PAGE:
Tuesday, November 11, 2014

Remembrance Day - Lest we forget

Remembrance Day is an important day to me.  Growing up, we always attended the local services at the cenotaph in my hometown and watched the national service from Ottawa.  I can recite In Flanders Fields, and sing it, and my favourite hymn is Abide with Me, one they usually sing around this time of year.

For me, Remembrance Day has always been about the World Wars.  Those young men and women who answered the call from their country to take up arms and fight the enemy were of a different era.  They signed up, trained for war, and for those who lived, came home and carried on.  Many were not career servicemen, just regular folks, but they were ready to serve. There are less and less veterans from WWII that go to the Ottawa ceremony, but I remember seeing them march and you could see the posture straighten, and their smart salute, and realize that although it may be a little rusty, it was something ingrained in their being.

My grandparents are the people I think about on Remembrance Day, and people like them.  My grandfather was in university and then signed up with the Royal Canadian Air Force and became a navigator.  He spent the war overseas with his air crew.  They spent some time in Scotland and had very few active missions, if any.  He didn't like to talk about his service, and I think part of him felt like he didn't really do anything, since he didn't have a lot of missions.  Of course the very fact that he volunteered is enough to say he did something.  When the war was over he came home, finished his education, married my grandmother and worked as a veterinarian until he retired.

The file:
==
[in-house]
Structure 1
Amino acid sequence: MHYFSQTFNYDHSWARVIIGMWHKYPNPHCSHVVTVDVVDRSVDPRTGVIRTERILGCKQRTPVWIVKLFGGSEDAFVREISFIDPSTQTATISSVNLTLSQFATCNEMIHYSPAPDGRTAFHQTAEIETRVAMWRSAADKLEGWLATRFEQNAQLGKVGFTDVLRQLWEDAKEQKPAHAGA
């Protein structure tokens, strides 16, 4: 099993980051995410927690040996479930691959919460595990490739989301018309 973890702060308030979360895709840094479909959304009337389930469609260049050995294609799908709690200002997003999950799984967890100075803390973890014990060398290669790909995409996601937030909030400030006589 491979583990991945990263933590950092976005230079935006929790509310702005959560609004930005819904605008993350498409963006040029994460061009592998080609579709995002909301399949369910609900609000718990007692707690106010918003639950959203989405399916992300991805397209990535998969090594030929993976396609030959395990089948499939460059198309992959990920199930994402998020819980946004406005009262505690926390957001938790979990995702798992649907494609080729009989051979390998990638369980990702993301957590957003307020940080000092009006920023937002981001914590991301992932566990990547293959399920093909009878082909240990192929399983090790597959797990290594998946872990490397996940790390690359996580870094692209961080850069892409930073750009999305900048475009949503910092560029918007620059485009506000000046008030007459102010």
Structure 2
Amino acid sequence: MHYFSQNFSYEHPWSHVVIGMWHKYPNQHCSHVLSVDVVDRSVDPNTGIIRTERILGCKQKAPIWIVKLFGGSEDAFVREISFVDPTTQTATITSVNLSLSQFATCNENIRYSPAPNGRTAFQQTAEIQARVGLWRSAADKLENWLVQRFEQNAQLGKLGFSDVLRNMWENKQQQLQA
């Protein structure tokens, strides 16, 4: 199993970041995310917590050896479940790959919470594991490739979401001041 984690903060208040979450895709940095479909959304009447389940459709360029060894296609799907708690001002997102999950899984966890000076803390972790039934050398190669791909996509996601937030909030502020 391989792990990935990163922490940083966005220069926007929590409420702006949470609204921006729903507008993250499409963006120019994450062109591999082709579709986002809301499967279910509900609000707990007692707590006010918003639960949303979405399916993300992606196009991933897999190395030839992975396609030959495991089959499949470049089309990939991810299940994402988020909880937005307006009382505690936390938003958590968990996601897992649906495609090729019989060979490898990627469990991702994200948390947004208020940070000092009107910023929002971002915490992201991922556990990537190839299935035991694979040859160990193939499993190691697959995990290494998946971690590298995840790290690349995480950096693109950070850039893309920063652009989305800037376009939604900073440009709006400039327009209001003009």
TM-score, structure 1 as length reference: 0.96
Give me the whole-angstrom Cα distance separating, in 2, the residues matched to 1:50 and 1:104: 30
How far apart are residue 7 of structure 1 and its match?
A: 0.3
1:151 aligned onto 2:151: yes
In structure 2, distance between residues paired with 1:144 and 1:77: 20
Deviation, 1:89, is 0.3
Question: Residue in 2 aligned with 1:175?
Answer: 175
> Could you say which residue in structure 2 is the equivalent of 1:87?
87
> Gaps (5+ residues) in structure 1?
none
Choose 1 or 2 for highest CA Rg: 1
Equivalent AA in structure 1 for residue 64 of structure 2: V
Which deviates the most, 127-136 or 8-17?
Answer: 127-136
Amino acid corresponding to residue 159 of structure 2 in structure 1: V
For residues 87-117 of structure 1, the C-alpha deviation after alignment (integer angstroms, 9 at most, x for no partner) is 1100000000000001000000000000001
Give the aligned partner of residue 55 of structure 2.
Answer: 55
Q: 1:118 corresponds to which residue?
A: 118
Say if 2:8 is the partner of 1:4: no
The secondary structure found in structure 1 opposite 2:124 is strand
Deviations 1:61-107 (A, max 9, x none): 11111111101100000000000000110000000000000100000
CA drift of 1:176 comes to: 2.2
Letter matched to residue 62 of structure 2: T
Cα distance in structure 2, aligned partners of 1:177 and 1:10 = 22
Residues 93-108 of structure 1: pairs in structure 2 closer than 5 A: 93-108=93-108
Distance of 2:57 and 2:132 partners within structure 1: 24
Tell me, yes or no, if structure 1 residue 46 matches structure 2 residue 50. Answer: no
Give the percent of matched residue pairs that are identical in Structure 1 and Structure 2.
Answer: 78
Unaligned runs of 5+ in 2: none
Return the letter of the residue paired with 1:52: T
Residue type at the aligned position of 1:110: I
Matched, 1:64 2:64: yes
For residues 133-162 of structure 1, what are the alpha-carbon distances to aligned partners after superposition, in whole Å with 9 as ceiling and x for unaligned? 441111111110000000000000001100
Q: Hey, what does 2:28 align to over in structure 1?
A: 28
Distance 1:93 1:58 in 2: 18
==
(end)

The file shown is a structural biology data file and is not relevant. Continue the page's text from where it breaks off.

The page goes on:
Part of Papa's squadron - he is on the bottom right.

Papa's service medals

Papa's log book

My grandmother had her own stories, and she was a "farmerette" during the war.  Girls from the country worked on the farms to cover the shortage of men.   She also went into nursing, but did not continue with this profession after she married my grandfather.  She had many stories of the local boys that didn't come home and the effect of that on their families.

Remembrance Day has expanded to recognize our more recent involvement in peacekeeping and active missions in the Middle East.  The service of our military since the World Wars is certainly important and should be recognized.  My father was in the military for many years, retired now, and he could tell many stories of the work done around the world by our military and the work he did and that is continued to be done by our military is something that needs to be recognized everyday, not just on Remembrance Day.

On Remembrance Day, I am not interested in the politics, and controversies around why wars are fought, how they are started, why Canada is involved, I just want to remember those who served in the name of this country.

...we will remember them.

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